Defendants first argue that, because they are not "sellers" within the meaning of section 12(2), plaintiffs' count based on section 12(2) must be dismissed. Defendants rely on Collins v. Signetics Corp., 605 F.2d 110, 113 (3d Cir. 1979), which held that, in the absence of some special relationship between the issuer and the actual seller of securities, a purchaser not in privity with the issuer has no claim under section 12(2) against the issuer. See id. at 113-114. The court believes, however, that defendants' argument must be rejected based on the Supreme Court's subsequent decision in Pinter v. Dahl.

 In Pinter, the Supreme Court held that section 12 "at the very least . . . contemplates a buyer-seller relationship not unlike traditional contractual privity," 108 S. Ct. at 2076, but its scope was not limited to persons who pass title. Id. Instead, since "solicitation is the stage at which an investor is most likely to be injured," id. at 2078, the Court concluded that the term "seller" must include the person "who successfully solicits the purchase, motivated at least in part by a desire to serve his own financial interests or those of the securities owner." Id. at 2079.

 Pinter was decided in the context of a section 12(1) action. While the court did not expressly "take a position on . . . the scope of a statutory seller for purposes of § 12(2)," it did state as follows:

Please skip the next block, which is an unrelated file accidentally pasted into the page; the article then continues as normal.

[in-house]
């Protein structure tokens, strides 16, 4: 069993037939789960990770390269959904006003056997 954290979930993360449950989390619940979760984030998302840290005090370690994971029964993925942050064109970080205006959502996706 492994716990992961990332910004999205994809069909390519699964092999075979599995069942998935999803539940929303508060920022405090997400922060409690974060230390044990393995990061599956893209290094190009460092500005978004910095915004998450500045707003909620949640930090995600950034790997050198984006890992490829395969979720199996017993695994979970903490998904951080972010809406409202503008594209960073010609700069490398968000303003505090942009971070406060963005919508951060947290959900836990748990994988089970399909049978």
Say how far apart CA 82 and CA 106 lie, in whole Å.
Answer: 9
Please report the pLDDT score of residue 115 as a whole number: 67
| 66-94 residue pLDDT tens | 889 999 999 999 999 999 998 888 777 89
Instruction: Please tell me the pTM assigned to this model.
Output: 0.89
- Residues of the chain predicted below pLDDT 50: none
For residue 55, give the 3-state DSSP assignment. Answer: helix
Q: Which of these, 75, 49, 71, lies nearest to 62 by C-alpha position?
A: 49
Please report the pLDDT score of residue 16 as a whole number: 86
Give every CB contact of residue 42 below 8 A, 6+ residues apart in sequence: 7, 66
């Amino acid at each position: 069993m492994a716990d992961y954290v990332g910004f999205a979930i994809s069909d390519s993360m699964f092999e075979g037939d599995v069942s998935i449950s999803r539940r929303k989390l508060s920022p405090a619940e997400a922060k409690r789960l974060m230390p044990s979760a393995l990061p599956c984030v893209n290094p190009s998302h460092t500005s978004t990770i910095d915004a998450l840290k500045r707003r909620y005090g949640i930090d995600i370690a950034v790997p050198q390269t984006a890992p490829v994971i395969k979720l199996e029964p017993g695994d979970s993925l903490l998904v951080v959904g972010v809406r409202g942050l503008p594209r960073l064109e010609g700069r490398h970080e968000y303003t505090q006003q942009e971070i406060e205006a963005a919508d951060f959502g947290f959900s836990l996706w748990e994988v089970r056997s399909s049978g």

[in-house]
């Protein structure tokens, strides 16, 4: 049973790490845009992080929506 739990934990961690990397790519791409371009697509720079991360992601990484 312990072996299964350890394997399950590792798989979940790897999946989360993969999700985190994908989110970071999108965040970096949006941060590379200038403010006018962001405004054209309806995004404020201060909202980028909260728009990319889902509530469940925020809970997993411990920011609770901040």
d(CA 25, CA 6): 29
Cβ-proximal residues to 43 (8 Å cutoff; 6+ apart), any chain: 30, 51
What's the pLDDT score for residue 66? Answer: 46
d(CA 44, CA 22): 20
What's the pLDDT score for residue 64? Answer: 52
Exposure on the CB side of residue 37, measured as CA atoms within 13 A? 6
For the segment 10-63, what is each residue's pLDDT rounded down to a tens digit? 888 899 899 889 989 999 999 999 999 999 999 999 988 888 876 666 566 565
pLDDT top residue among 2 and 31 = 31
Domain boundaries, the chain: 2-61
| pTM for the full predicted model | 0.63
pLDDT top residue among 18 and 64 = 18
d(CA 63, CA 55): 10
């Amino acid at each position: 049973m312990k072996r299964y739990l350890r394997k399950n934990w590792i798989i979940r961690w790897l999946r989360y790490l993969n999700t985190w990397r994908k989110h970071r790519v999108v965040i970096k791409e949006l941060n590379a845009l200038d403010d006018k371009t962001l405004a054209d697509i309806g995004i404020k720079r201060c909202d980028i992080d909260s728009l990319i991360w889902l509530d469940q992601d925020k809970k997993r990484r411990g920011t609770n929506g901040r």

The "offers or sells" and the "purchasing such security from him" language that governs § 12(1) also governs § 12(2), which provides a securities purchaser with a similar rescissionary cause of action for misrepresentations . . . . Most courts and commentators have not defined the defendant class differently for purposes of the two provisions . . . . The question whether anyone beyond the transferor of title, or immediate vendor, may be deemed a seller for purposes of § 12 has been litigated in actions under both § 12(1) and § 12(2). Decisions under § 12(2) addressing the "seller" question are thus relevant to the issue presented to us in this case, and, to the extent, we discuss them here.

 Id. 486 U.S. at 642 n. 20 (citations omitted). *fn2" In addition, the courts that have dealt with this issue subsequent to Pinter have uniformly applied its rationale in the section 12(2) context. See, e.g., Abell v. Potomac Insurance Co., 858 F.2d 1104, 1113-1115 (5th Cir. 1988); Capri v. Murphy, 856 F.2d 473, 478 (2d Cir. 1988); Laven v. Flanagan, 695 F. Supp. 800, 812-813 (D.N.J. 1988); In re Worlds of Wonder Securities Litigation, 694 F. Supp. 1427, 1434-1435 (N.D. Cal. 1988); In re Professional Financial Management, Ltd., 692 F. Supp. 1057, 1063-1064 (D. Minn. 1988). This court agrees that Pinter should be applied to the present section 12(2) action. Defendants first argument must therefore be dismissed, since privity is no longer required to render one a "seller" under section 12(2).

 
Defendants also argue that the 1933 Act was not designed to regulate broker transactions in the secondary markets of the national securities exchanges . . . [but] was intended to provide civil remedies only for representations and omissions in the registration statements and prospectuses of initial offerings and recovery was ...